There were also seven donations from corporations: Airbus, AM General, General Atomics Aeronautical Systems, Northrop Grumman, Oshkosh Defense, Stanley Black & Decker and USAA.

“Supporting NGEF helps educate the public about the heritage and contributions the National Guard has made to the United States and honors the memory and achievements of America’s citizen-soldiers,” said Steve Burns, Airbus senior business development manager — national capital region.

Those honored received a replica of an 1832 medal the New York militia presented to Marquis de Lafayette, after whom the LdL program is named. A French aristocrat who served in both the American and French revolutions, he played a major role in the development of the state militias, which are now collectively known as the National Guard.

Lafayette commanded the famous Garde Nationale de Paris in France. During his visit to New York in 1824, the militia unit that provided his honor guard adopted the designation National Guard out of respect to his unit in France. The name stuck, growing in popularity until it became the official name of the organization of militias nationwide in the early 20th century.

Additionally, the NGEF stencils the name of every donor, or that of the person they wish to memorialize, on a wall outside the G.V. Montgomery Room, where the NGAUS board meets in the association’s headquarters.

The NGEF maintains the National Guard Monument just off Omaha Beach in Normandy, France. (NGEF Collection)

THE 20 HONOREES contributed a combined $230,000, bringing the foundation’s 2023 fundraising to more than $500,000, most of it a product of the LdL program.

The National Guard Memorial Museum is one of multiple NGEF programs designed to tell the Guard story. Another is a research library that includes the NGAUS Archives — 145 years of documents and files that chronicle the association’s history and its influence on the evolution of the modern Guard. It also has hard-to-find state records and thousands of other military titles.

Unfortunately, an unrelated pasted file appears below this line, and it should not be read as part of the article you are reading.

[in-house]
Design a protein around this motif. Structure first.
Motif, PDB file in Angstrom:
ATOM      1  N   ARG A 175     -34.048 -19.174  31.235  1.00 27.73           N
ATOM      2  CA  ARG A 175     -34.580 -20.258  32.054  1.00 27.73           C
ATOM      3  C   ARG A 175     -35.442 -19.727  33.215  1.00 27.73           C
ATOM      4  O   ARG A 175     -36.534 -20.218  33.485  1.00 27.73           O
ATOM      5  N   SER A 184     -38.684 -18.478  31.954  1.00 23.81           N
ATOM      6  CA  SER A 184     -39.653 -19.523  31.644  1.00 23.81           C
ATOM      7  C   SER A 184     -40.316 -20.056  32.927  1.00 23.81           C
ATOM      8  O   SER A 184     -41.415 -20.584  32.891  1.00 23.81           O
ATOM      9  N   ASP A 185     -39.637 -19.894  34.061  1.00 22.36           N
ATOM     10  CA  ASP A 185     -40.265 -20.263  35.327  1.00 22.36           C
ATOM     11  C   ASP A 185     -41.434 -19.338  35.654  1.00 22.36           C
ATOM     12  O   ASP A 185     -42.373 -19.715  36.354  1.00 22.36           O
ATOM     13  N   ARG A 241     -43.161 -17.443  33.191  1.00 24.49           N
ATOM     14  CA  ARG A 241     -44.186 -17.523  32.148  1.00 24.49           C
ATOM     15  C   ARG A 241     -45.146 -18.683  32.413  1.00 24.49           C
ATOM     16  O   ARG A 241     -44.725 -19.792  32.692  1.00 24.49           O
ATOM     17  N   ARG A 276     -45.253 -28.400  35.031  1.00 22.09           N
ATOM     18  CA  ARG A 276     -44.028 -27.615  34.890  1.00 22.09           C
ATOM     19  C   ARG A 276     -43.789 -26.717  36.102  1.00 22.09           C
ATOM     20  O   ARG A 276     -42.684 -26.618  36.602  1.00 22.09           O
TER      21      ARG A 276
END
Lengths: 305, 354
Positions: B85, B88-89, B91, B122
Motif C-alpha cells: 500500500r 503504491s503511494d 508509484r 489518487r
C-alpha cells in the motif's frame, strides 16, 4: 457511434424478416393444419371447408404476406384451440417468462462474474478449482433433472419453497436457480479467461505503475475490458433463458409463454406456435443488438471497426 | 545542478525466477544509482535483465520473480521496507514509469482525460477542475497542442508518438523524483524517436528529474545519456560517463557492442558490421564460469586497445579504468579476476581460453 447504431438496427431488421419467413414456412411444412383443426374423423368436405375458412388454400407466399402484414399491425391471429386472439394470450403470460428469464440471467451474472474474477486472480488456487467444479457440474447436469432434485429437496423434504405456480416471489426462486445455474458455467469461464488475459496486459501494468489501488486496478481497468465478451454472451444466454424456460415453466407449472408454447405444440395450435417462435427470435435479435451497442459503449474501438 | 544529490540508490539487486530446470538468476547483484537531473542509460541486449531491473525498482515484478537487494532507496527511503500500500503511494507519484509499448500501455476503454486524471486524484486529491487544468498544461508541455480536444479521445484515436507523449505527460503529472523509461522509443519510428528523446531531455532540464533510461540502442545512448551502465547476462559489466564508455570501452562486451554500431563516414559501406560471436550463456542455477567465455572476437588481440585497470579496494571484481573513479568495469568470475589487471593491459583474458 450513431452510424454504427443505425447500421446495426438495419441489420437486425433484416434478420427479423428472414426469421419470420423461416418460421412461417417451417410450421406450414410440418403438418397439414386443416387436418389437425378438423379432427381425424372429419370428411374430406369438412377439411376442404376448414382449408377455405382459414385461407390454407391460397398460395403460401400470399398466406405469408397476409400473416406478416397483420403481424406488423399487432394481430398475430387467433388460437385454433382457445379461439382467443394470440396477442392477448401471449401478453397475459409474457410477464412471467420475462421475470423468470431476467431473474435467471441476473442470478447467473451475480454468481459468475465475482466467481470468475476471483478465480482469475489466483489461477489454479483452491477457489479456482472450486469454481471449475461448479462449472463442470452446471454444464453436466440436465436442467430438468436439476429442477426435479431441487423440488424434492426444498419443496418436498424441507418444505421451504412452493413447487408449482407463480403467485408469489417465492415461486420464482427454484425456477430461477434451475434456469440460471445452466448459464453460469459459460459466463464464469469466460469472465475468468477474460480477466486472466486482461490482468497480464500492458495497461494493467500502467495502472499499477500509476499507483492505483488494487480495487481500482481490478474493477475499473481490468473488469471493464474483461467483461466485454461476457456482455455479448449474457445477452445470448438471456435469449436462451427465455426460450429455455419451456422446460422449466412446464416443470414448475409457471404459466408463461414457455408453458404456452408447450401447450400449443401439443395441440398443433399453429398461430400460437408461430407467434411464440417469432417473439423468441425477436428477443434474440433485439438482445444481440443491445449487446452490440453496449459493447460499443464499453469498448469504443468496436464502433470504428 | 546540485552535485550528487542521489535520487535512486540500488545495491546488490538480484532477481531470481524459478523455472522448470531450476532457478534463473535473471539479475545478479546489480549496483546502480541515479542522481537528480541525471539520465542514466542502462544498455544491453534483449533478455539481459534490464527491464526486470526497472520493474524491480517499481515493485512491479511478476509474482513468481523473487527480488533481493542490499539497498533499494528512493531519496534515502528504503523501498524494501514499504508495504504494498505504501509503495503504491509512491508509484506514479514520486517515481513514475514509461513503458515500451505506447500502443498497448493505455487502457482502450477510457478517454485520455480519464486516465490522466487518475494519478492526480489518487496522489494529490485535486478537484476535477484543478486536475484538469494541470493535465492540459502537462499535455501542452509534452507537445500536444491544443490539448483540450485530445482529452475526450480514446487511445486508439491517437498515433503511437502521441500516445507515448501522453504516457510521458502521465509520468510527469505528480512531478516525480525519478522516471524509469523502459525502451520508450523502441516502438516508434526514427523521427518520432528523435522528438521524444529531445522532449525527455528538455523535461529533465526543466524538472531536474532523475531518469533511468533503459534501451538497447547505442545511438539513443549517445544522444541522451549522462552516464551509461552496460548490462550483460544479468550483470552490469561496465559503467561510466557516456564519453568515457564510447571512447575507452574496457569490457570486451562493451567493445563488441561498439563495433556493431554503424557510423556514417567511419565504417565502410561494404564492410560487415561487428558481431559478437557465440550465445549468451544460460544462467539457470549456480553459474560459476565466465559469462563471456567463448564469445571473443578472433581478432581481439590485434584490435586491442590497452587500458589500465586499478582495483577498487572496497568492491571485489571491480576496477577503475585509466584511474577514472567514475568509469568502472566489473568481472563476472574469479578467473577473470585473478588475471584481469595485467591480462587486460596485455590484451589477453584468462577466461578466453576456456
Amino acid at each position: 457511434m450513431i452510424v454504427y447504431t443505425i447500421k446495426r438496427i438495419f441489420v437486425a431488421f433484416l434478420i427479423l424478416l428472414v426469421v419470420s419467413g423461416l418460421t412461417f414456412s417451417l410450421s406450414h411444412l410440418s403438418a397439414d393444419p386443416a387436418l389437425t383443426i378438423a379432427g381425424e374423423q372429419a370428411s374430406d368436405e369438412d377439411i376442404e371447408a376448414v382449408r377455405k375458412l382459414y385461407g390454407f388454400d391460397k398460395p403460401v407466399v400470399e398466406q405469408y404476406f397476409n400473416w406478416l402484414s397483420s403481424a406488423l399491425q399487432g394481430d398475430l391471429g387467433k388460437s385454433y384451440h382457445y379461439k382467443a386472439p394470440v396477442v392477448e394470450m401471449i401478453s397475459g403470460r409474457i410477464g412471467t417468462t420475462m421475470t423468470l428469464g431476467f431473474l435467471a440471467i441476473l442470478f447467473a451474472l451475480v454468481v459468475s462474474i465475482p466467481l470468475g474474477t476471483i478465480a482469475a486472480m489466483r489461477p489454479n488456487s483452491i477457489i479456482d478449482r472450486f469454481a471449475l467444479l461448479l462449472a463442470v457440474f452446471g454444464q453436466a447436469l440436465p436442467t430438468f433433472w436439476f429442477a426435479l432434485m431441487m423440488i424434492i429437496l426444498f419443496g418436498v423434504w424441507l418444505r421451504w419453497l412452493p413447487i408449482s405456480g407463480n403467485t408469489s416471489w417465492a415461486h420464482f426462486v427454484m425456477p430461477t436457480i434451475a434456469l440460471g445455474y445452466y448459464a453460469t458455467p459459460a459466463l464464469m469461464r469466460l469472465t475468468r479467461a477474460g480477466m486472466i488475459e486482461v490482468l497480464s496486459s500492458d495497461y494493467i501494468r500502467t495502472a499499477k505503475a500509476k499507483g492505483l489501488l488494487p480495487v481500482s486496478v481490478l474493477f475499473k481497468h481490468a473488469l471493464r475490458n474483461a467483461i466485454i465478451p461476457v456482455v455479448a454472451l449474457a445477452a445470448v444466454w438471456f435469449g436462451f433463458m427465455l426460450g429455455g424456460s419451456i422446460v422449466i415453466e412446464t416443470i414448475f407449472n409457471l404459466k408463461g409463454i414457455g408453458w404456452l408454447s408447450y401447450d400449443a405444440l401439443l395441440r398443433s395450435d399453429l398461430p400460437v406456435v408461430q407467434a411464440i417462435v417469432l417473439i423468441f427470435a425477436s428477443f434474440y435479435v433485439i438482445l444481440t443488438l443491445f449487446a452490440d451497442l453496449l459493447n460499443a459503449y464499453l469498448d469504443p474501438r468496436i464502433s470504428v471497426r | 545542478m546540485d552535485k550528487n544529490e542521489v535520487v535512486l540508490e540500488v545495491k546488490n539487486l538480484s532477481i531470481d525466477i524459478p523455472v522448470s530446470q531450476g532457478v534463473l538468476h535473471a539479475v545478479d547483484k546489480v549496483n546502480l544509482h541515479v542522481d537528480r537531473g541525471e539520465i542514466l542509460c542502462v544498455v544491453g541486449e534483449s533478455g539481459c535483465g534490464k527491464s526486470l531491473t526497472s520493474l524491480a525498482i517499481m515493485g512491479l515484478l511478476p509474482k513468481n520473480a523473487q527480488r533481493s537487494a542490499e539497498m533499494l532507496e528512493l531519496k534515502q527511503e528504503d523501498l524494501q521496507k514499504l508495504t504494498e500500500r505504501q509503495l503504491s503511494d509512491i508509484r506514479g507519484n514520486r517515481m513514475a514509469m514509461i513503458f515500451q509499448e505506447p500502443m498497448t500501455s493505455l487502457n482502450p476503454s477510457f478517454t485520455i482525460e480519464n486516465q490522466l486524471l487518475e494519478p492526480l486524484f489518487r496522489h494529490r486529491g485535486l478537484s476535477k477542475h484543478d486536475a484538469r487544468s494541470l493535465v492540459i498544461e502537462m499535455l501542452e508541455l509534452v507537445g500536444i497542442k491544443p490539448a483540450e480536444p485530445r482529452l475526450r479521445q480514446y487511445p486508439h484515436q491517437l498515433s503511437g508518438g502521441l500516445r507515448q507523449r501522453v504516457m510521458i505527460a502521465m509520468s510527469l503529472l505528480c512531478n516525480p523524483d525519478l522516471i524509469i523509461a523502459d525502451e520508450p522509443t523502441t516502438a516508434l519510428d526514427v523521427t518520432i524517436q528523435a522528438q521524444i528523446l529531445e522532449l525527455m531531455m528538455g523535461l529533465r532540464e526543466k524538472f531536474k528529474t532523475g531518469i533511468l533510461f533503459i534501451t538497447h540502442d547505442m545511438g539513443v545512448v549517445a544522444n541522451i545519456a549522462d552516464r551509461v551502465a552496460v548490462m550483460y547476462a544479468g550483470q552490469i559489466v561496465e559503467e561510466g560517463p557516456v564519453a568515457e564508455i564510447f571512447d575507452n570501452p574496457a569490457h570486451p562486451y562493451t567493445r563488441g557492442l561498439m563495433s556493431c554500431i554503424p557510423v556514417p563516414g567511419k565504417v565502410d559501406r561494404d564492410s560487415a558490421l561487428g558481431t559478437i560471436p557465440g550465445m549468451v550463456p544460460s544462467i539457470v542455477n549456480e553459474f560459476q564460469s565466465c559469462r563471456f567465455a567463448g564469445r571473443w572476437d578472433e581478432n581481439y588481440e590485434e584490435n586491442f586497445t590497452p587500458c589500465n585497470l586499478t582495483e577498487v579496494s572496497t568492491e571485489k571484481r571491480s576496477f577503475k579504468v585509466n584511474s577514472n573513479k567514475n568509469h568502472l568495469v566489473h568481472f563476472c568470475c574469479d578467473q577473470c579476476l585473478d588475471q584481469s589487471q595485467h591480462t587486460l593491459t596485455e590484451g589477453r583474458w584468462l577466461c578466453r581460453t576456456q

NGEF staff also maintains a website that includes blogs on Guard history, information on upcoming foundation programs, a virtual museum tour, and a portal to order this and previous year’s NGEF Commemorative Ornament.

Information on the NGEF’s two scholarship programs is also available at www.ngef.org. One is the USAA Guardian Scholarship Fund (related story), which provides college scholarships of up to $6,250 to children of Guardsmen killed in the Global War on Terror. Another is The Van Hipp Heroes Scholarship Fund, which awards $1,000 scholarships to Guardsmen wounded in the GWOT.

The foundation also produces the Minuteman Minute, a series of monthly 60-second YouTube videos on Guard history. And it offers internship opportunities in the museum and the library/archives to undergraduate and graduate students to gain credit hours, community service time and practical experience.

Additionally, the NGEF maintains a special monument atop a former German pillbox just off Omaha Beach in Normandy, France, where members of the Guard’s 29th Infantry Division stormed ashore on D-Day, June 6, 1944. It’s a memorial to all Guardsmen who fought in Europe during World War II.

A contingent from NGAUS and NGEF will travel to France next year for a ceremony at the monument and to participate in other events commemorating the 80th anniversary of the Allied invasion that began the liberation of West Europe from the Axis powers.


Top Row (from left): Andy Hove, NGEF Board of Directors; Maj. Gen. Garry Dean (Ret.), President, Peduzzi Associates; Stephen Burns, Senior Business Development Manager—National Capital Region, Airbus; Darin Gilderoy, Government Segment Manager, Stanley Black & Decker; Mike Shortsleeve, Vice President, Strategy Business Development General Atomics Aeronautical Systems; Col. David Kirtley (Ret.), Mississippi Air National Guard

Third Row (from left): Lt. Col. Chris Small (Ret.), NGEF Board of Directors; Susan Hawkins, Senior Director of Strategy and Mission Solutions, Navigation, Targeting and Survivability Division, Northrop Grumman Mission Systems; John Chadbourne, Executive Vice President, Chief Business Development Officer and Government Relations, AM General; Maj. Gen. Daryl Bohac (Ret.), Nebraska Air National Guard; Maj. Gen. Francis M. McGinn (Ret.), NGAUS Board of Directors; Kerry McGinn; Brig. Gen. John Driscoll (Ret.), Massachusetts Army National Guard

Second Row (from left): Col. Yancey Williams (Ret.), Director, Army Business Development, Oshkosh Defense; Maj. Gen. Delilah R. Works (Ret.), Tennessee Air National Guard; Brig. Gen. Dave Brubaker (Ret.); Ursula Palmer; Chief Master Sgt. Dick Smith (Ret.), USAA; Merribeth Morin; Maj. Gen. Janson “Durr” Boyles, Chairman of the Board, NGAUS & NGEF

Front Row (from left): Mathew Demetriades; George G. Demetriades; Maj. Gen. Terry L. Scherling (Ret.), North Dakota National Guard; Gabriela Bowen; Ian Palmer; Danya Cole; Maj. Gen. Jimmie L. Cole Jr., NGAUS Vice Chair-Army